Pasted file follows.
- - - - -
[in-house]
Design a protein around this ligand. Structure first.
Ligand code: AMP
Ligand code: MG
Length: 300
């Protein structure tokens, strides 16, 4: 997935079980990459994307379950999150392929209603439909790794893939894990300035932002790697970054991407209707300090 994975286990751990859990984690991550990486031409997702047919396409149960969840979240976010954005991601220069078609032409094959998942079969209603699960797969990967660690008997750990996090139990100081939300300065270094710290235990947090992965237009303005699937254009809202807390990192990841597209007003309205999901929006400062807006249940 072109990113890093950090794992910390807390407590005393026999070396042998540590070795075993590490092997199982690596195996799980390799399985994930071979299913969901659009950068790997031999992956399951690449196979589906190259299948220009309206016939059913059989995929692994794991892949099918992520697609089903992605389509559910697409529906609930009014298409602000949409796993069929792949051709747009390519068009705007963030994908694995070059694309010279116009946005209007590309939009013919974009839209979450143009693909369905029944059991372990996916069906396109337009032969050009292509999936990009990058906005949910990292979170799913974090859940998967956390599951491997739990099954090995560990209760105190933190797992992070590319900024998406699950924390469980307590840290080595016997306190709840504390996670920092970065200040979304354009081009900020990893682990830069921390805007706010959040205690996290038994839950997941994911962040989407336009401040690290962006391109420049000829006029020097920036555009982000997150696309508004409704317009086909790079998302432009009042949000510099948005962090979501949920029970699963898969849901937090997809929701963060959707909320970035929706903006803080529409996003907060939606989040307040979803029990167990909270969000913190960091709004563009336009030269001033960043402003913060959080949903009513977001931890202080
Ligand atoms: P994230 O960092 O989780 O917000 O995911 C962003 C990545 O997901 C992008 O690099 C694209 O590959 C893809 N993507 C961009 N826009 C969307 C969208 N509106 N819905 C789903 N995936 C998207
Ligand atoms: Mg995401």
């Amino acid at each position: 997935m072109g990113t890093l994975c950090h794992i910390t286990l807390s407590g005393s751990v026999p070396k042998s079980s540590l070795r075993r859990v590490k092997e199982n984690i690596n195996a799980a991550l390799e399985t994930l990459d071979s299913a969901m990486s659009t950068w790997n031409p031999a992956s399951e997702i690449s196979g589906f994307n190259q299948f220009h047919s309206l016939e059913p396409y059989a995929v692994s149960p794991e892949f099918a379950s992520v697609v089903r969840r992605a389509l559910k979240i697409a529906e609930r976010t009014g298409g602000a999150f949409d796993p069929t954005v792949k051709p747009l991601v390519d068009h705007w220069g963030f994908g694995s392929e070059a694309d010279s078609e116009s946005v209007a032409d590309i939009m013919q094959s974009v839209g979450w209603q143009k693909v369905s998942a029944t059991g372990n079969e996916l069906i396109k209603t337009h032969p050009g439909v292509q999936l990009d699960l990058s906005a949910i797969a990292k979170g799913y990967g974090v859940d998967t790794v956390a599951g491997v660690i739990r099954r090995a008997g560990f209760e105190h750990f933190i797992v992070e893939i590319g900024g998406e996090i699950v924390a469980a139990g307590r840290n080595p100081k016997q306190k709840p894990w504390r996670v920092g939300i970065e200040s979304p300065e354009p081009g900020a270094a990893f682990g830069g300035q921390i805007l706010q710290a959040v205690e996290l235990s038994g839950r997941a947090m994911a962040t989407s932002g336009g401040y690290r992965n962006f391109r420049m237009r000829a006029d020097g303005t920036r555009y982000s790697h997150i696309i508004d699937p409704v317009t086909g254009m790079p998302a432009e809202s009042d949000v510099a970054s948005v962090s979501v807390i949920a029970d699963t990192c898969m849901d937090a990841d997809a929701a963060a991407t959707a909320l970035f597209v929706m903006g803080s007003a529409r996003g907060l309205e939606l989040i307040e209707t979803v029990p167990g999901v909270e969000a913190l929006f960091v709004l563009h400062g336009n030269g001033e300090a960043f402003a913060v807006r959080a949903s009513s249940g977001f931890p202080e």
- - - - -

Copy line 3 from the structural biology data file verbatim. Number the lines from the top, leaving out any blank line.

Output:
Ligand code: AMP